The longer labour markets stay resilient (which they clearly are, as shown above), the more challenging it becomes for central banks to change policy direction. This heightens the risk of over tightening, leading to a more severe economic downturn than is effectively required. The other key challenge facing central banks is the lag between tighter policy and the actual impact on the economy. While there are signs of a slowdown at the margin, the signs are not suggesting a broad-based slowdown.
Further, it is important to remember this is not the usual business cycle of the past 40 years, where central banks are looking to dampen economic growth so as to avoid an overheating economy. This tightening cycle is singularly targeted at bringing inflation under control, with much less regard for the economic or market consequences – smaller short term pain vs material longer term pain. Simply put, inflation is a tax on everyone, while a weaker equity market is a tax on much fewer people. It would seem that central banks have learnt from the 1970/80s where they changed policy direction too quickly and then had to tighter much harder the second time around.
As a result of the above dynamic, this effectively means the quick transition from a tightening cycle to an easing cycle, which has been the approach of the past 30 years, is unlikely to happen this time around. Rather policy is likely to stay restrictive for longer as central banks wait for clear evidence that the inflation genie is back in the bottle.
So, what does this mean for markets? The tailwind of low interest rates and excessive market liquidity are clearly behind us in this cycle. In the main, developed market centrals banks have tightened monetary policy and have started unwinding their quantitative easing programmes. All things being equal, tighter financial conditions make it much more challenging for financial assets to deliver a return.
The catalysts for markets to move materially higher from the current starting point are hard to see. Until labour markets begin to weaken, central banks are unlikely to believe inflation is under control which means policy needs to remain tight. As a result of tighter policy, aggregate demand is expected to weaken and corporate earnings should fall (unless they can expand their margins from already elevated levels). At this stage markets are not pricing in this outcome, which we believe should lead investors to being cautious. This is basis for JANA’s current asset allocation advice.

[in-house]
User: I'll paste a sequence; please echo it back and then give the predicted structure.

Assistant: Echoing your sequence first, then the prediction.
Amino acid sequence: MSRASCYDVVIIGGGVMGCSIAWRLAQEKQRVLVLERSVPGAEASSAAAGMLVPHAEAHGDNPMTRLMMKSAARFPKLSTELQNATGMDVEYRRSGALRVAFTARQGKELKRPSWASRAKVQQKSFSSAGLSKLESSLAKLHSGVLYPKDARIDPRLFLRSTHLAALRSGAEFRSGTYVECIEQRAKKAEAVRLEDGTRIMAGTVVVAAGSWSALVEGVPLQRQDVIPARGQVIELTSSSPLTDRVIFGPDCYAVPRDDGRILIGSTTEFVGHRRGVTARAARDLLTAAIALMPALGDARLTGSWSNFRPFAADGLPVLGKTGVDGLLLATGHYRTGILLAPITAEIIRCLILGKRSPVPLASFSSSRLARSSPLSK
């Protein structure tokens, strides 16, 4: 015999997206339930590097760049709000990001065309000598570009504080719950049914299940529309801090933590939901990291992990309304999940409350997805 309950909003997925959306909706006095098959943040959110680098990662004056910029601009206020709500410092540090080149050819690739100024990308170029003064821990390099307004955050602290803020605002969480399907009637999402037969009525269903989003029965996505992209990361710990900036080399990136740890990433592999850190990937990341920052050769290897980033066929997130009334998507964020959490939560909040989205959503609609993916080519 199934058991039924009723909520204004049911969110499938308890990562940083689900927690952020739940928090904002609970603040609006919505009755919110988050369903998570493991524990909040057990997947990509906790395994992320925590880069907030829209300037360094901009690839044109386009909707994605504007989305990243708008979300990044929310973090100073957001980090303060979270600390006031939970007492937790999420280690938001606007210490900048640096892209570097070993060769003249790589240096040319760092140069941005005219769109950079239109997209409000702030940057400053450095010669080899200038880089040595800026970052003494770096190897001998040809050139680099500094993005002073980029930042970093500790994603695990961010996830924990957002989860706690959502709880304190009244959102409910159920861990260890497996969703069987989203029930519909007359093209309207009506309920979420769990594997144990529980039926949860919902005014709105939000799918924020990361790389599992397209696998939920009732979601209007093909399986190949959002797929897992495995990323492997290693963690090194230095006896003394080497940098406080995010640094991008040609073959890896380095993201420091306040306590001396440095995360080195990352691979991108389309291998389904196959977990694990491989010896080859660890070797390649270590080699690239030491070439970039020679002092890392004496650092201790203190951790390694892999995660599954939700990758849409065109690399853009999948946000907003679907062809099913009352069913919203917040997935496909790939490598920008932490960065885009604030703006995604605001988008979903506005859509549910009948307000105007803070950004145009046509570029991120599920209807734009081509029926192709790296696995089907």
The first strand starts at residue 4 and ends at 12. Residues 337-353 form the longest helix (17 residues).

However, this is clearly just one view of how the future environment may play out, and it is important to consider other scenarios for economic growth and markets. On the negative, we could experience a severe downturn if inflationary pressures do not ease and central banks tighten further than expected, leading to a stagflation environment. Nearly all asset classes, with the exception of cash and some direct inflation linked securities, would be expected to deliver negative returns. At the other end of the spectrum, if a soft landing does eventuate, as a result of inflation falling quickly, this would give central banks much greater policy flexibility and would be positive for risk assets. Corporate earnings would remain resilient, and equities could move higher on falling discount rates and potentially stronger future earnings.
Finally, it is important to understand what we don’t know yet. The following quote from Deutsche Bank highlights why the current market dynamics are potentially riskier than they have been for a long time.
“Every Fed hiking cycle in the fiat high debt era has led to some kind of financial crisis somewhere across the world. In this cycle with less of a “Fed put” it seems inconceivable we won’t have a big accident, especially after 10-15yrs of low/negative yields, more debt and surge of money into illiquids”.
While at JANA we don’t believe investors should panic, we do, however, believe it is sensible to be aware of building risks in financial markets and ensure liquidity is available to take advantage of any dislocations that do eventuate.